Today I want to show you a project I’ve started over a year ago, during Mendicant University core skills course. For those who don’t know, Mendicant University is a group of skilled software developers that offer courses, mentoring, and help out the community, started by Gregory Brown, and that nowadays counts with some other awesome folks as part of the staff. I highly recommend taking a look at and enrolling.

Back to I18n, during Mendicant University we were supposed to create a project in Ruby, not specifically with Rails, and I decided to scratch my own itch by trying to solve a problem we usually have in Brazil: receiving date/time/numeric input from user interface. I know and have already used the delocalized gem, and it works quite nice, but sometimes I felt a bit uncomfortable about how it handled some parts of localization/parsing. This is mainly due to the need to monkey patch both ActiveRecord to handle input, and ActionView to handle output. Besides that, and most important, I had to come up with some project and I thought that’d be a good challenge :D.

The main goal of this project is to provide a proxy object to use with your ORM (currently ActiveRecord only) that will be responsible for localizing and parsing the date/time/numeric attributes when getting or setting their values, respectively. Lets see some quick examples:

# Include the proxy in your model
class Product < ActiveRecord::Base
  include I18n::Alchemy
# Grab your object from the database
@product   = Product.first
# Instantiate the localized proxy
@localized = @product.localized

Now that we have a localized proxy for the @product object, we can get/set numeric attributes with localized values, such as:

@localized.price = "1.99"
@product.price   # => 1.99
@localized.price # => "1.99"
I18n.with_locale :pt do
  @localized.price = "1,88"
  @product.price   # => 1.88
  @localized.price # => "1,88"

And also date/time attributes, for instance:

@localized.released_at = "12/31/2011"
@product.released_at   # =>, 12, 31)
@localized.released_at # => "12/31/2011"
I18n.with_locale :pt do
  @localized.released_at = "31/12/2011"
  @product.released_at   # =>, 12, 31)
  @localized.released_at # => "31/12/2011"

I18n Alchemy can also receive a hash of attributes, the same way you use with your models when calling new. That means you can use it like this:

# You could be using params[:product] for instance.
I18n.with_locale :pt do
  @localized = @product.localized(:price => "1,88") 
  @product.price   # => 1.88
  @localized.price # => "1,88"

The parsing/localization formats are basically the same ones you already use in your Rails application. You can check the basic locale configuration for I18n Alchemy in its README on github.

Wrapping up

I18n Alchemy is a small and new project which solves most of the problems we commonly face when dealing with localization and parsing of date/time/numeric values. It is tested with Rails 3.0, 3.1 and 3.2 and works with all the basic methods, such as attributes=, assign_attributes, update_attributes and nested attributes as well.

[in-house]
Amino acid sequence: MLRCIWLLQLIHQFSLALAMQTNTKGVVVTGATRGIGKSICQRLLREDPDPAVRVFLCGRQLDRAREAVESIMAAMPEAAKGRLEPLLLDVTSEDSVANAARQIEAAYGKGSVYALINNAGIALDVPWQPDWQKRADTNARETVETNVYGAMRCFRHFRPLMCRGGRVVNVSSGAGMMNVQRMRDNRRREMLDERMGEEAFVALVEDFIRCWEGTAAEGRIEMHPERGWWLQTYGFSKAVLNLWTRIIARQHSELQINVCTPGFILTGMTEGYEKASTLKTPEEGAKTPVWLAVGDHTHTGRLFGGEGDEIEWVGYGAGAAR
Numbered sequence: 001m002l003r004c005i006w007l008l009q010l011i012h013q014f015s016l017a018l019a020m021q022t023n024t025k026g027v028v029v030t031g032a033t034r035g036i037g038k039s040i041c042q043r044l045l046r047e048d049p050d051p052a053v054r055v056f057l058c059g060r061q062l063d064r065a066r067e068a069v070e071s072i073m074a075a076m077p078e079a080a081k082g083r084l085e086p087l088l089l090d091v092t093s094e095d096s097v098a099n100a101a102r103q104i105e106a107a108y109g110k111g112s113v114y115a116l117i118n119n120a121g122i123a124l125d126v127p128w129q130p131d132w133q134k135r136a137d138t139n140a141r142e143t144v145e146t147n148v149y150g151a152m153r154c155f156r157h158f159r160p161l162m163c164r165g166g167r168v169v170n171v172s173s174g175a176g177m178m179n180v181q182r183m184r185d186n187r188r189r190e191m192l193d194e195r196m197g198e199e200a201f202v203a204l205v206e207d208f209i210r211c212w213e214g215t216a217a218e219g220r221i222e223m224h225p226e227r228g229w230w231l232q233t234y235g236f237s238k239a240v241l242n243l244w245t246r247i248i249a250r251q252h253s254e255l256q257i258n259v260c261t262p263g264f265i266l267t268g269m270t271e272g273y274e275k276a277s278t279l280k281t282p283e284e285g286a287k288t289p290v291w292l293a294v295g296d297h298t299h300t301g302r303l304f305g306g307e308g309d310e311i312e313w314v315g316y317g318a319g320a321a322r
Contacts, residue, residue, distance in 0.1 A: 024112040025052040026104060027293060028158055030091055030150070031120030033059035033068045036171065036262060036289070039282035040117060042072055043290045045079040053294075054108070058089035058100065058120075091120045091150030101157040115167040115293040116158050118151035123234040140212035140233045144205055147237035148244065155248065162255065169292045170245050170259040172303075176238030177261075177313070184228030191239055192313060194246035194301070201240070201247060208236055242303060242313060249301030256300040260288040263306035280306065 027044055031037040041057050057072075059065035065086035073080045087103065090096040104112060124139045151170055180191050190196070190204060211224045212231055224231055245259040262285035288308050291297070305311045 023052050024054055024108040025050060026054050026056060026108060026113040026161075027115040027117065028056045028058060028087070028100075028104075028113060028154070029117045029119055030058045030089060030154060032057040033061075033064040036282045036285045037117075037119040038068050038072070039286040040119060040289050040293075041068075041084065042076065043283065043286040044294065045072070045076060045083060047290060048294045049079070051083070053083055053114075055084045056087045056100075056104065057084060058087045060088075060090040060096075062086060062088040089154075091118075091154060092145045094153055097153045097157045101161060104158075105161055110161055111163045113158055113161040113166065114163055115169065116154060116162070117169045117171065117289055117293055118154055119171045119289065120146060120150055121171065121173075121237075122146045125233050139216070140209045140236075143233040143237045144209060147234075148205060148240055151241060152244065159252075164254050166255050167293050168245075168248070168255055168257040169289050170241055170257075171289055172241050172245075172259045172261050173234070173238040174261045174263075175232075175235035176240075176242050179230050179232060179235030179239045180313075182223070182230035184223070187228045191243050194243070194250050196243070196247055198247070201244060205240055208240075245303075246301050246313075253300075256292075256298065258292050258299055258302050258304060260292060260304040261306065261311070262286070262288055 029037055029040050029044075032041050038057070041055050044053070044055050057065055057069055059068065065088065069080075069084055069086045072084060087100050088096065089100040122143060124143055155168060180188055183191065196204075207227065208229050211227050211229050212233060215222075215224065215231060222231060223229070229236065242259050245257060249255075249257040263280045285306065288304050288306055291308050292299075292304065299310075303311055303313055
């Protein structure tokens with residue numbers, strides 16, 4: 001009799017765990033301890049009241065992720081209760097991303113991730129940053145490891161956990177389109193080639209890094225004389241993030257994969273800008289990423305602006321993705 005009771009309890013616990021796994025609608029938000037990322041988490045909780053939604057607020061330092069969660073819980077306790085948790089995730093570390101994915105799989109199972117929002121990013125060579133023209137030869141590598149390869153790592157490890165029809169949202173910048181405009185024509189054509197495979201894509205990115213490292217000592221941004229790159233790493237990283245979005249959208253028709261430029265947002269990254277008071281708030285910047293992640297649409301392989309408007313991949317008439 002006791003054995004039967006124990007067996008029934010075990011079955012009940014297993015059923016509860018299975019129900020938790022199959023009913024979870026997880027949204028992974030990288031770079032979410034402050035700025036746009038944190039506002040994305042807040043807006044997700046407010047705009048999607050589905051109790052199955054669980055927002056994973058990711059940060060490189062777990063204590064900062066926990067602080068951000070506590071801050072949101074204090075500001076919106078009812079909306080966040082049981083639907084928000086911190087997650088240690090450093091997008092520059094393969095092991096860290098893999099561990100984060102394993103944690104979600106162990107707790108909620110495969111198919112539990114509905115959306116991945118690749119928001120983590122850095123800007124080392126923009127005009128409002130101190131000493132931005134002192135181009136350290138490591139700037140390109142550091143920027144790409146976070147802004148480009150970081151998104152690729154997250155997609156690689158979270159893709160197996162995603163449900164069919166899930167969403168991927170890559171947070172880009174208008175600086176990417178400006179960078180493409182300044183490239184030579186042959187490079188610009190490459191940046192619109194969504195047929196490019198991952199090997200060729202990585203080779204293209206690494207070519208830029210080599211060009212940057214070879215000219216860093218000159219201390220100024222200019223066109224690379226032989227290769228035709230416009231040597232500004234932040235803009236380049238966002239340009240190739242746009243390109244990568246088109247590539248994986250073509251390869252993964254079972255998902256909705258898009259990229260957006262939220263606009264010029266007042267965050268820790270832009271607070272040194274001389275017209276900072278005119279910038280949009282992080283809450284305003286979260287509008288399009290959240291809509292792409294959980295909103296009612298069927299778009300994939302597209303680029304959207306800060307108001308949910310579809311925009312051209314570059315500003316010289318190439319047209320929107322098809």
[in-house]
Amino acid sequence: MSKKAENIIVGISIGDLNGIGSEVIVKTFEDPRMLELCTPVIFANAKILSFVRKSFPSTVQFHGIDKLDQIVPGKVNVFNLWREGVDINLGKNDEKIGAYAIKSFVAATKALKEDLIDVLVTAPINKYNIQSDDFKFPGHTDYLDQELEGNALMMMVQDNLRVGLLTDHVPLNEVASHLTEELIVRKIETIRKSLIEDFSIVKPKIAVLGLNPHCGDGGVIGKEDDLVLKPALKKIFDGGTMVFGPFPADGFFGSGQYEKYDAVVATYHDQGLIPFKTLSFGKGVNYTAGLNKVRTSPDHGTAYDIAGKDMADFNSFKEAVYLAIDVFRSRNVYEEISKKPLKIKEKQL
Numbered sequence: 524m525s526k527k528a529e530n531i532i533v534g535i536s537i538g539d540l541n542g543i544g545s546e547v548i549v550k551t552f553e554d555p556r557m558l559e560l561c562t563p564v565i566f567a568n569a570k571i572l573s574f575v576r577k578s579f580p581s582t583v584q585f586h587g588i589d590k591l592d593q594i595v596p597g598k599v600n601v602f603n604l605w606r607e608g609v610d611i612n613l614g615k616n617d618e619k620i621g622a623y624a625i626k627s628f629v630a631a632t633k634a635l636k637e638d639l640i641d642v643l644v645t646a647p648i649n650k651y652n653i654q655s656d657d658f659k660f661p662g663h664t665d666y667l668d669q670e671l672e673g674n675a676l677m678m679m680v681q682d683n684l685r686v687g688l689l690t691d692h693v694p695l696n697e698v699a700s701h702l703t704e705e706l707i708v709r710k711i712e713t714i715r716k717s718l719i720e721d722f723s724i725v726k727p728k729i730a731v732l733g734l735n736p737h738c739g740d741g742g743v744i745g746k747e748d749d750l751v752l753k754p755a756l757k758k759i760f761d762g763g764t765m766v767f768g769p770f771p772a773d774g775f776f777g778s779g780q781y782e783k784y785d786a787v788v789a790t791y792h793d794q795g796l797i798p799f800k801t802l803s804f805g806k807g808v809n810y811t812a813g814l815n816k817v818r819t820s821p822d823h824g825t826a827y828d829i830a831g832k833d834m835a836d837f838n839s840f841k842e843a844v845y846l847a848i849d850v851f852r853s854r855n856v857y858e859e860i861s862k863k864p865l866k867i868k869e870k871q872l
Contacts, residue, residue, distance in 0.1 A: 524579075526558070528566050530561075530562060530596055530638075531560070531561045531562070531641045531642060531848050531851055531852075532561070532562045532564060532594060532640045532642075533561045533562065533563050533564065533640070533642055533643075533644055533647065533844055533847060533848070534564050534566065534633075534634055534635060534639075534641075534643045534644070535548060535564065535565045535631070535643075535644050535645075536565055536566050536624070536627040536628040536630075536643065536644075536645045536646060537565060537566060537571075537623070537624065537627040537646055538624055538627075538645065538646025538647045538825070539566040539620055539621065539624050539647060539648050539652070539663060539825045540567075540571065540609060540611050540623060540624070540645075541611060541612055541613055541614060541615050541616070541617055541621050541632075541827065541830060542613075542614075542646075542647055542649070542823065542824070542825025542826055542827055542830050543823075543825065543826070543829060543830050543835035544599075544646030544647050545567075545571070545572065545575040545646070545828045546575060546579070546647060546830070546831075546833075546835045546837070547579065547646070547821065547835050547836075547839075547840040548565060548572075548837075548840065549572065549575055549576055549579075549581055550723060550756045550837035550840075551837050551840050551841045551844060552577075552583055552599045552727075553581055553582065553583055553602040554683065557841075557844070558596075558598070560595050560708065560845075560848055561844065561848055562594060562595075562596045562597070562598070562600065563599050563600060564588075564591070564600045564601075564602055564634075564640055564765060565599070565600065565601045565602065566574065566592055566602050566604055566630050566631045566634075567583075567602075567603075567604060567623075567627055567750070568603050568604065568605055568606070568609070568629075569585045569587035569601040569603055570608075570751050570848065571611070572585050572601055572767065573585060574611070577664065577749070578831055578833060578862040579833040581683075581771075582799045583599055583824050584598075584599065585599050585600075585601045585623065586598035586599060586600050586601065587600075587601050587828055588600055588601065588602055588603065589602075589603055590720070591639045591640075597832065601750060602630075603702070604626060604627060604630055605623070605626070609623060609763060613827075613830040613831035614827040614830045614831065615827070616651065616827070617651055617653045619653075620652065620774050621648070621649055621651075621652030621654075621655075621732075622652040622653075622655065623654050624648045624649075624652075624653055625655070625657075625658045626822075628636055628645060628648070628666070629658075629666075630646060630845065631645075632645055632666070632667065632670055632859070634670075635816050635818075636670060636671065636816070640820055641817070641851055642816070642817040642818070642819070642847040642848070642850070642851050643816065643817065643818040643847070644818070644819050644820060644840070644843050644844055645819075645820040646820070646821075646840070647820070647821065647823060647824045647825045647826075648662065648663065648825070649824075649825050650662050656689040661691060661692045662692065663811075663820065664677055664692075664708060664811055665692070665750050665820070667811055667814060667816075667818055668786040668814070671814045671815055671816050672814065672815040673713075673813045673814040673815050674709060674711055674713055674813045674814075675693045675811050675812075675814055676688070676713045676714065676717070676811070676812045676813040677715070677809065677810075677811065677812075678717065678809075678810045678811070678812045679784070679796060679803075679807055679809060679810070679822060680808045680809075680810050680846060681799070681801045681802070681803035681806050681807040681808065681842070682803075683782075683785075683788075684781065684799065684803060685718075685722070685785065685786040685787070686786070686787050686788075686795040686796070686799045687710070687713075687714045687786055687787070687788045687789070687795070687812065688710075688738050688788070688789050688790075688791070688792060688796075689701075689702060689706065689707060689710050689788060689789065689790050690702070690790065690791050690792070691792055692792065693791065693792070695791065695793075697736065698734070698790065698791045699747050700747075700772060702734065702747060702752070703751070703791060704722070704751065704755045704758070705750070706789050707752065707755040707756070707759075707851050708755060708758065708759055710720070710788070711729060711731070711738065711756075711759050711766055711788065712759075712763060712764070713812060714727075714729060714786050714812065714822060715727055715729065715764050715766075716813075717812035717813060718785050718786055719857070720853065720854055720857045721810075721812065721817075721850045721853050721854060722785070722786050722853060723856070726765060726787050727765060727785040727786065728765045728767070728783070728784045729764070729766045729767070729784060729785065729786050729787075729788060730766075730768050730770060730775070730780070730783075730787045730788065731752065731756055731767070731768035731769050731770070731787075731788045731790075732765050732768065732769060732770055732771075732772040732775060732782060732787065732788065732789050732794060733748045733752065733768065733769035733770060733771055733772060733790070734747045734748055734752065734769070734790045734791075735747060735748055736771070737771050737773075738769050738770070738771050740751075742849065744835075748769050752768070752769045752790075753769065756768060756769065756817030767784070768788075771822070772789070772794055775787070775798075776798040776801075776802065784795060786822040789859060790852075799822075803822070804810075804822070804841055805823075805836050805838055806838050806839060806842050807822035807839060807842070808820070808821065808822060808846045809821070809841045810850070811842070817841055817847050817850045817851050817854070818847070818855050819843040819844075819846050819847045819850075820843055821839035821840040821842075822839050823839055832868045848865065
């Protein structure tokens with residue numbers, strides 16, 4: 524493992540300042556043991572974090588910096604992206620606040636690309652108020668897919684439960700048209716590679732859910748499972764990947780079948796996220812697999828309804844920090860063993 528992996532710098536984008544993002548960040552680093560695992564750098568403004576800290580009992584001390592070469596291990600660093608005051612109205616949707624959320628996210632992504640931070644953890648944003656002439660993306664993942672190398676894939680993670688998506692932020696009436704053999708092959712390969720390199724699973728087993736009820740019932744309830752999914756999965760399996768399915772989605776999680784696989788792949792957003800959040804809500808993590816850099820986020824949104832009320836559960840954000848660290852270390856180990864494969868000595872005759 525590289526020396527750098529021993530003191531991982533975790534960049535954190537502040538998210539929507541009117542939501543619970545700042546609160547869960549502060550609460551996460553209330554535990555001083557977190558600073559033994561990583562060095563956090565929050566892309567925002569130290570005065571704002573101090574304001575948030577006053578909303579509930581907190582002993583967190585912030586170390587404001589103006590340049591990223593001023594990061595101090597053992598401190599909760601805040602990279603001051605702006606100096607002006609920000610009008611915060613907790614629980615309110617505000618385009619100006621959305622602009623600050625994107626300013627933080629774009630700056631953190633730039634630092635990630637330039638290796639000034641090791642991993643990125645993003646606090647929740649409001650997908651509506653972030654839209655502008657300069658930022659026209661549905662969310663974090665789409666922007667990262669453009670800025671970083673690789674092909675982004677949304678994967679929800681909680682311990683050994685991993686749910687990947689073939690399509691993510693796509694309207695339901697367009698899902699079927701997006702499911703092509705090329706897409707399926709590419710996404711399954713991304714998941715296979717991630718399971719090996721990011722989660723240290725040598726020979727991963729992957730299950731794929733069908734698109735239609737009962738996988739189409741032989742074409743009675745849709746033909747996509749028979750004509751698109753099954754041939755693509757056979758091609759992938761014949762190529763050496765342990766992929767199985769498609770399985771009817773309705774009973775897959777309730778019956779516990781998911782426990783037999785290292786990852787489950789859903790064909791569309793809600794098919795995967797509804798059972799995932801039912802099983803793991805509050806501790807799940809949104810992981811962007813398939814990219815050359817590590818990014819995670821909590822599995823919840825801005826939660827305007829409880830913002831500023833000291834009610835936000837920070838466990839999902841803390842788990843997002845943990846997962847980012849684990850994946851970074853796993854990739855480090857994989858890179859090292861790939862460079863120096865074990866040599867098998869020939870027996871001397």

It was a really fun time creating it during Mendicant University, and it took a long time until I decided to release it as a gem. There is still a bunch of things to do, but I wanted to ask you to give it a try and let me know about any feedback you have.

As a side note, if you are interested in knowing more about the design decisions that led this project, you may want to take a look at Gregory Brown’s post on Ruby Best Practices, entitled “Issue #23: SOLID Design Principles”, more specifically in the Open/closed principle topic.

I’m releasing the first 0.0.1 version today, and I hope you find it useful. Have any comments? Let us know!

Rails 4.0 – current master branch at the time of this writing – has recently got a small – yet very useful – addition: ActiveModel::Model. The implementation is really simple, as you can see below:

module ActiveModel
  module Model
    def self.included(base)
      base.class_eval do
        extend  ActiveModel::Naming
        extend  ActiveModel::Translation
        include ActiveModel::Validations
        include ActiveModel::Conversion
    def initialize(params={})
      params.each do |attr, value|
        self.public_send("#{attr}=", value)
      end if params
    def persisted?

Quite straightforward, huh? But what does it do, and what are we supposed to do with it?

ActiveModel::Model: Basic Model implementation

According to the docs, ActiveModel::Model includes all the required interface for an object to interact with ActionPack, using different ActiveModel modules. It includes model name instrospection, conversions, translations and validations. In addition to that, it allows you to initialize the object with a hash of attributes, pretty much like ActiveRecord does.

Wait, what? In short: you can easily extend ActiveModel::Model in a normal Ruby class and use instances of that class with helpers like form_for, dom_id / dom_class, and any other ActionView helper, as you do with ActiveRecord objects. It also gives you known method helpers such as human_attribute_name.

A minimal implementation could be:

class Person
  include ActiveModel::Model
  attr_accessor :name, :age
  validates_presence_of :name